Most products fail. Not because we fail to build what we set out to build, but because we waste time, money, and effort building the wrong product. So, how do you build products that people use and pay for?
Many people have tried to answer this question in blogs, video blogs and even publications like FastCompany. It’s the billion dollar question. If you had the perfect answer to it, you’re probably a billionaire by now.
There’s no midas touch to magically turn products into revenue-generating machines. But, that doesn’t mean that you should throw enough new features at the wall and hope some of them will stick. With the right process in place, you can minimize the risk of product failure.
Most are familiar with the agile software development process. A lot of companies have adopted this process in hopes of building great products. But, in my opinion, agile software development is just half of the answer.
Agile development doesn’t mean you’ll build products that people use. You could just be building a terrible product really, really fast. (Click To Tweet This)
That’s why Agile development should go hand-in-hand with customer development and Lean Startup principles. In this Forbes article, Rally Software, a software vendor and agile method trainer, says that its customers get to market 50% faster and are 25% more productive when they employ a hybrid of Lean and Agile development methods
The customer development and Lean Startup process helps teams focus and find answers to key questions such as “should this product even be built?” and “Can we build a sustainable business with this product?” Here’s the customer development process your team should adopt to help you build products that people use and pay for:
1) Create a Hypothesis
The hypothesis is a falsifiable statement that can help frame and guide your experiment. The author of Lean UX and managing director at Neo (a leading lean software development consultancy), Jeff Gothelf, suggests the following format for a well-crafted hypothesis.
We believe that
[building this feature]
[for this people]
will achieve [this outcome].
We will know we are successful when we see [this signal from the market].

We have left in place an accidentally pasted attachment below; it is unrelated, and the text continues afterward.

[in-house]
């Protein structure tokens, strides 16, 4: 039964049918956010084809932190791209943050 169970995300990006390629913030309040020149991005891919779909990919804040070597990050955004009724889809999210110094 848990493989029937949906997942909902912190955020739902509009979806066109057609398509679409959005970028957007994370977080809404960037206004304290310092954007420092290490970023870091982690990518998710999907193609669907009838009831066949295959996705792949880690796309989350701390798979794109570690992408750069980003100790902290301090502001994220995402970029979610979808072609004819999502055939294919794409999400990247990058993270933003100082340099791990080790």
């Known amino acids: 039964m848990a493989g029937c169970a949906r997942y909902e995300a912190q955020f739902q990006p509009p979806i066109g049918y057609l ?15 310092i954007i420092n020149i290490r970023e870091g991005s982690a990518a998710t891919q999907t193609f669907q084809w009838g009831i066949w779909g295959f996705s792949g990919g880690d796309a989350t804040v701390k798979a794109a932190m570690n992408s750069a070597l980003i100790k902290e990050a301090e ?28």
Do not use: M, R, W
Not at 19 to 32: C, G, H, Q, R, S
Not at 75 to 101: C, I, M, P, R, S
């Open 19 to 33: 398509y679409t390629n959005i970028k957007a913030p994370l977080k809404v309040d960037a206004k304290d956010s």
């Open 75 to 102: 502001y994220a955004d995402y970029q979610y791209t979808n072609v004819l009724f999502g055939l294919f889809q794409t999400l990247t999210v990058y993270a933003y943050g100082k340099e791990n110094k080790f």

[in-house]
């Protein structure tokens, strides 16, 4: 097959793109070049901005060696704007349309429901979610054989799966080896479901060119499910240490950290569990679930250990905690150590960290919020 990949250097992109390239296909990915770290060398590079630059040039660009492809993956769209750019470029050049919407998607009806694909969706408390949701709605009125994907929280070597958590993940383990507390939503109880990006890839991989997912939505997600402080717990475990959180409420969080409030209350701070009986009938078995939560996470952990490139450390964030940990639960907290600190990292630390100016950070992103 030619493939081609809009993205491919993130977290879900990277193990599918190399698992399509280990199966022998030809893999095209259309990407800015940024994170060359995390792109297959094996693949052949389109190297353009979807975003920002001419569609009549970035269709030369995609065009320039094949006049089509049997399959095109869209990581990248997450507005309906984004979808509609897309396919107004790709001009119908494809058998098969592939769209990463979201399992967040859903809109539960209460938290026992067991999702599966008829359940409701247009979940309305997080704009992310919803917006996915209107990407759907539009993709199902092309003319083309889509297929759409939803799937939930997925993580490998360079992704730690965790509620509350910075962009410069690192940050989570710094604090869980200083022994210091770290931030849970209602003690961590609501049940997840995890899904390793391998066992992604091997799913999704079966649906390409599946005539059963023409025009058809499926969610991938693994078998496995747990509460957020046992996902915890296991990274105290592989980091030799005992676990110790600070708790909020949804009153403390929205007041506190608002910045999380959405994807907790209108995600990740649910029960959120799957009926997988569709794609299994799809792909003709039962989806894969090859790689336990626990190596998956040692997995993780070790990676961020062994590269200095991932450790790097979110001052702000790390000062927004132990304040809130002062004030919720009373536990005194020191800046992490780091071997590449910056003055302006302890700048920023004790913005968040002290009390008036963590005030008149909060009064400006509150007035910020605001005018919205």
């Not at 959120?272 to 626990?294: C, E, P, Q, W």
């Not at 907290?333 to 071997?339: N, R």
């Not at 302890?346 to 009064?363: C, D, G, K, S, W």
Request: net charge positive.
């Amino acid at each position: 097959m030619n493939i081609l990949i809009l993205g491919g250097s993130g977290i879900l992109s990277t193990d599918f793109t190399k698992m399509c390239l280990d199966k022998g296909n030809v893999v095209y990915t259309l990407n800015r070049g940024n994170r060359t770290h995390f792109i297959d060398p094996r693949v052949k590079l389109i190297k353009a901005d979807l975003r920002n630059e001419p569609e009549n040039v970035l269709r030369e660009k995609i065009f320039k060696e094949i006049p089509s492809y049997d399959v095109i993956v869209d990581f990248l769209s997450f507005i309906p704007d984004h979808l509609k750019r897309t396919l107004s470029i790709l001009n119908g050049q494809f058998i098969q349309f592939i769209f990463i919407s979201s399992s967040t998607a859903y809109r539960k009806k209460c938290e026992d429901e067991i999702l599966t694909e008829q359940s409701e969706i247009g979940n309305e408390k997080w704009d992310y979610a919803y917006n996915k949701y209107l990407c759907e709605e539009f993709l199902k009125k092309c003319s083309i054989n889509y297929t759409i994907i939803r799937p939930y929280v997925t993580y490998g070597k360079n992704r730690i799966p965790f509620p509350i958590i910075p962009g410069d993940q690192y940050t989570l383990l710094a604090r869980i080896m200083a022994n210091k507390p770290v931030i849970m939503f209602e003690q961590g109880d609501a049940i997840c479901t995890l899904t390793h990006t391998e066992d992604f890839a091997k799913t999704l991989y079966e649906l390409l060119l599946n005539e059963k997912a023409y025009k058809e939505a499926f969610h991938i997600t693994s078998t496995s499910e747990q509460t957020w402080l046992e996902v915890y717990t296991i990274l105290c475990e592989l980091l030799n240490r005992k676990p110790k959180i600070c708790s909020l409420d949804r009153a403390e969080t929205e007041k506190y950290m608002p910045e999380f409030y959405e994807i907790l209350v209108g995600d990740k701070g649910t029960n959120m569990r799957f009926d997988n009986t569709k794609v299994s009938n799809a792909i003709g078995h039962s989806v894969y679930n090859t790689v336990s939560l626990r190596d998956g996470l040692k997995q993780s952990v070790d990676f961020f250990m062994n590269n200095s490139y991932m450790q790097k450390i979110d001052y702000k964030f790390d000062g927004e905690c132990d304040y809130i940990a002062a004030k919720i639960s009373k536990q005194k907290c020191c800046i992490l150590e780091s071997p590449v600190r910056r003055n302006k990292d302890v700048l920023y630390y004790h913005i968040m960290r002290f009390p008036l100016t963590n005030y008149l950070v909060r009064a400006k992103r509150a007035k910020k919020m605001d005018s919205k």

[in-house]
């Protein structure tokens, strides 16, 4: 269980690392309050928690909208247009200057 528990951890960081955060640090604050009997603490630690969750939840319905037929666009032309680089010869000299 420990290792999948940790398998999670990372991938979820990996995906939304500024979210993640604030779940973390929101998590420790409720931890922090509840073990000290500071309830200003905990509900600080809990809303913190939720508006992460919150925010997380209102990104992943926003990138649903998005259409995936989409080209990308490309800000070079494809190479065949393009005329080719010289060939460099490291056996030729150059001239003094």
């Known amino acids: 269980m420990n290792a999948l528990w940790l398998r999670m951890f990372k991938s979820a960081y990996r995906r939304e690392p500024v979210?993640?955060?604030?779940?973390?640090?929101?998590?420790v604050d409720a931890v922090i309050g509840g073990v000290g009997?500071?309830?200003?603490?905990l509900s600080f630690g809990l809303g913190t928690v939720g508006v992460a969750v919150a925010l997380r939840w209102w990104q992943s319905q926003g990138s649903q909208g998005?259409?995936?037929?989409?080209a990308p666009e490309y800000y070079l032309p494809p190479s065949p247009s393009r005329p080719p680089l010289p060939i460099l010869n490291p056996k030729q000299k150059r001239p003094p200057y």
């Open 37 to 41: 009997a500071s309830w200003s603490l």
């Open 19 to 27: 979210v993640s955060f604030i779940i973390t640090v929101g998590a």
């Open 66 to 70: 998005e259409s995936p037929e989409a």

This hypothesis statement answer two really important questions:
- Who will use this feature
- What’s the metric or signal you’ll use to validate or invalidate your hypothesis
I’m a big proponent of the One Metric The Matters, that Ben Yoskovitz and Alistair Croll suggest in their book Lean Analytics. It’ll help you draw the line in the sand to validate or invalidate your hypothesis.
2) Find Potential Customers
The next step is to find potential customers of the new feature. Note that not all your current customers are potential users the new feature. For example, not all Facebook users use the messaging feature in Facebook. In the same way, don’t expect all your customers to use the new feature. Instead, sketch a persona.
Personas are fictional characters created to represent your potential customers. Define the demographics, behaviors and needs of your customers. Spike Morelli, a co-organizer at Lean Startup Circle, wrote a comprehensive guide to building personas in this blog post. See the image below for an example of a persona sketch.
Once you’ve defined your potential customers, the next step is to ask them the right questions. in this step, you want to validate or invalidate the problems, needs and frustrations of your potential customers.
1. What’s the hardest part about problem context?
2. Can you tell me about the last time that happened?
3. Why was that hard?
4. What, if anything, have you done to solve that problem?
5. What don’t you love about the solutions you’ve tried?
ListenLoop, our agile customer communication application, makes it easy for you to ask these questions to a specific customer segment directly in your application. You can find out more about it here.
4) Build a Minimum Viable Product (MVP)
This is where agile software development process can help you development a Minimum Viable Product (MVP), a term coined by Eric Ries, author of the Lean Startup. The MVP is version of your “product” that maximizes validated learning for the least amount of effort. The key words here are “maximize validated learning” and “least amount of effort.” You want to minimize time and money spent while maximizing validated learning.
Some tactics you can use to build an MVP really fast are:
5) Decide If You Should Pivot Or Persevere
Once you’ve built your MVP, the next step is to gather data and, using the One Metric That Metrics in your hypothesis, determine if you should keep the feature, tweak it or abandon it all together.
Building Products Customers Use And Pay For
The five step process to help you build products that customers use and pay for are:
- Create a hypothesis
- Find potential customers
- Ask them the right questions and observe what they do
- Build a minimum viable product (MVP)
- Decide if you should pivot or persevere
As I previously mentioned, this process doesn’t guarantee that you’ll build a bad product. But, this customer development and Lean Startup process helps you quickly iterate until you do find one that customers love, use and pay for.
Photo credit: Simon MacEntee
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